St. Albert, Alta., City Councillor Cam MacKay

We’re still waiting for that apology to Opposition Leader Jack Layton from the Harper Conservatives.

You know, the one they owe him for getting their on-line Tory Rage Machine ™ and their Tame Mainstream Media Auxiliary ™ to label him “Taliban Jack” back in 2006 when the New Democratic Party leader had the temerity to suggest that the so-called NATO coalition should open lines of communication to the Pashtun fighters labelled the Taliban by the West.

Alert readers will recall how Defence Minister Peter MacKay, at the time the minister of foreign affairs, sniped at Layton: “Is it next going to be tea with Osama Bin Laden? This cannot happen!”

The TRM, of course, went much farther, demonstrating with its “Taliban Jack” smear its unchallenged ability, as the famous advertisement on Craigslist put it, to “make up facts,” and use “sarcasm and personal insults” to “score points” and “stir outrage.” (Perhaps I should call this an alleged ad. Can it really be real? I mean, obviously it can, given the vicious creativity of the TRM, but one so rarely sees an admission of malfeasance so crystalline in its clarity that one has to wonder!)

We’ve known since last spring that the U.S. government was talking to the Taliban. However, that information has really gone mainstream in the past two weeks, with the noisy complaints from Afghanistan’s Western-propped President Hamid Karzai about the Americans talking to his foes, and the apparent confirmation of the talks by retiring U.S. Defence Secretary Robert Gates in the foreign press.

It is reasonable to speculate now that the NATO-Taliban talks were meant to set the stage for U.S. President Barack Obama’s declaration of victory in Afghanistan yesterday and his announcement that 10,000 American troops would be withdrawn from that country by the end of this year, with another 23,000 out by the fall of 2012.

Under the circumstances, U.S. and NATO commanders don’t have much choice but talk to the military leaders of the majority Pashtun resistance to their occupation because it seems highly unlikely the Karzai government could survive without a perpetual Western occupation on the scale of the Soviet attempt to hold that violent country through the 1980s.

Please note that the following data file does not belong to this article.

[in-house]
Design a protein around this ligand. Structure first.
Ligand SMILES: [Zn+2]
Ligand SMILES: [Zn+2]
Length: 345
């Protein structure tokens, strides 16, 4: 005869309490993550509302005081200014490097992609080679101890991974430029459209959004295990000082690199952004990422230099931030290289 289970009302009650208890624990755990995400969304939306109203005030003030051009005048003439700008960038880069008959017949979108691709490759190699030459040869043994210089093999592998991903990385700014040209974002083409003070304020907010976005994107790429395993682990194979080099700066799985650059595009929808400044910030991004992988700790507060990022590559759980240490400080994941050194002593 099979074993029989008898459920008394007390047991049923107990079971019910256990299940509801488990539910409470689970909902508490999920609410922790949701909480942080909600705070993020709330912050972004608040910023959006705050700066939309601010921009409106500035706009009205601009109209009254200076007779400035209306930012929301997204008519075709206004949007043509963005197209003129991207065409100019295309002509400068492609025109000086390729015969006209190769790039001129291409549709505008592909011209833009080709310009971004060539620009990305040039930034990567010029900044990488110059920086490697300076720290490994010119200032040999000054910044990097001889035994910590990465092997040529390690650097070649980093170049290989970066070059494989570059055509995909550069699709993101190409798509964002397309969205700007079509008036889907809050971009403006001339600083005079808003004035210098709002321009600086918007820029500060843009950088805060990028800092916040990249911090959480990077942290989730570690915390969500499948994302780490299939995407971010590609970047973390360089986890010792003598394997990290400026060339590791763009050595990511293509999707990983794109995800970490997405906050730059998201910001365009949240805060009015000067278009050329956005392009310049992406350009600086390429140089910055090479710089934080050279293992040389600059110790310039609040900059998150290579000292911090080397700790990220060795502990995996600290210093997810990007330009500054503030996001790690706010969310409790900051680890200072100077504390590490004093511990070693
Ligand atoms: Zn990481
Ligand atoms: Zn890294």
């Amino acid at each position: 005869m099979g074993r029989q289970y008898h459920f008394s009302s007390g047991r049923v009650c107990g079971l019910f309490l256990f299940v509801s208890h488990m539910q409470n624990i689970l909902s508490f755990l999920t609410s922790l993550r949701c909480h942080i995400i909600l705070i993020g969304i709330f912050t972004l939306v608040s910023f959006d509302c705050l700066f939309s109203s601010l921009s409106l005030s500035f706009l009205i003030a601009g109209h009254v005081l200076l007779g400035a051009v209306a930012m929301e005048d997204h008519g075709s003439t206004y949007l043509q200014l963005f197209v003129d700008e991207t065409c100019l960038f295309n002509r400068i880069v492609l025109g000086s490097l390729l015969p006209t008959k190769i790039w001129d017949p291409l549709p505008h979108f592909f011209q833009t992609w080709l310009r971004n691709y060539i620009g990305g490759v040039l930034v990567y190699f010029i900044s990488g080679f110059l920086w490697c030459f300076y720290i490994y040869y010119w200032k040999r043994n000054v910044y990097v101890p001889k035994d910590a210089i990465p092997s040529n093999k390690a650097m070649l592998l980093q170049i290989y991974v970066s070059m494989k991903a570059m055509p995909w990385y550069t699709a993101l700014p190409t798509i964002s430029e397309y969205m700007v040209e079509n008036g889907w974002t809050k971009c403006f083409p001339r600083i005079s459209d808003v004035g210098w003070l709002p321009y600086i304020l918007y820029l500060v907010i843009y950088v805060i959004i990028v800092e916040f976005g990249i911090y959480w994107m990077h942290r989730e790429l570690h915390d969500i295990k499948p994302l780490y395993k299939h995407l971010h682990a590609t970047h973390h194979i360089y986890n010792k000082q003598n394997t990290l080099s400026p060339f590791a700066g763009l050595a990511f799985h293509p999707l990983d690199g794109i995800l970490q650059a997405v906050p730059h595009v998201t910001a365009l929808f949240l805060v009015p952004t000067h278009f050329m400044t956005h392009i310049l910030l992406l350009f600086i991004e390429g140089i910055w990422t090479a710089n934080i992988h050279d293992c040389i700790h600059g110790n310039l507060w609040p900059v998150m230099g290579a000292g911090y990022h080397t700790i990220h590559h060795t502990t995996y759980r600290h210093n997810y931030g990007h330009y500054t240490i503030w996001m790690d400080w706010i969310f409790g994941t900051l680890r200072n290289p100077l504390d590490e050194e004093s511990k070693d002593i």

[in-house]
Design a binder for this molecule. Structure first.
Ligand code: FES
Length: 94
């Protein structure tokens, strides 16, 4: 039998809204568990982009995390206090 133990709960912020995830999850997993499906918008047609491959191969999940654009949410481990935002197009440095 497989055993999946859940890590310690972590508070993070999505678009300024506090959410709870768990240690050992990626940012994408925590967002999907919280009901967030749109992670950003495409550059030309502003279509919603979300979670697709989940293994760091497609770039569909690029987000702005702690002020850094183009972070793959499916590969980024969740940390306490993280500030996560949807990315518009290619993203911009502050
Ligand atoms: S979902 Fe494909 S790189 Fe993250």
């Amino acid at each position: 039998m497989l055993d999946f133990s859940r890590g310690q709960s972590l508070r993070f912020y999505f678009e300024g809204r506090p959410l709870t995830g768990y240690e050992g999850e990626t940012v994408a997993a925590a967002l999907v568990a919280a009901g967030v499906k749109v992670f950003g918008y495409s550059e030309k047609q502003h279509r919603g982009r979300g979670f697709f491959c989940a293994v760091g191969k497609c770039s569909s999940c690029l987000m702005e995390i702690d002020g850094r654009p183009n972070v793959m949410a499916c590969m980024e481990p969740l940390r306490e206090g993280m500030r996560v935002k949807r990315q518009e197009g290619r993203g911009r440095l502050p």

And this is not to mention the fact that the United States economy is on life support and can hardly afford the expense of $120 billion a year to prop up the Karzai government in the face of determined opposition from the country’s largest ethnic group.

Anyway, with bin Laden dead at the hands of U.S. commandos — an event that unsurprisingly took place on the territory of our Pakistani ally, not that of Afghanistan — the Americans and their NATO surrogates can stop pretending that the Taliban had anything much to do with the people who plotted the attacks on New York in 2001.

Indeed, the even Postmedia News reported yesterday that there are no more than 75 al-Qaida fighters left in Afghanistan, if there ever were very many.

So, given all this and their steely silence to date, one would think that now would be the ideal moment for the Conservative government and its stooges in the blogosphere to withdraw the offensive “Taliban Jack” slur and apologize to Layton.

MacKay — to whom will likely fall the role of being Canada’s official spokesperson for the NATO talks with the Taliban that he once said cannot happen, a sort of Taliban Pete, as it were — would make an excellent mouthpiece for the still-much-needed apology.

Instead, of course, the Taliban Jack slur remains current in cyberspace — cropping up in hydrophobic comments appearing under on-line newspaper stories about the treatment of Taliban prisoners as recently as last week.

As for MacKay, perhaps he was too busy explaining why we don’t need a judicial inquiry into the handling of detainees in Afghanistan. Anyway, having a majority government means never having to say you’re sorry…

Plus ca change…

This post also appears on David Climenhaga’s blog, Alberta Diary.

David J. Climenhaga

David J. Climenhaga

David Climenhaga is a journalist and trade union communicator who has worked in senior writing and editing positions with the Globe and Mail and the Calgary Herald. He left journalism after the strike...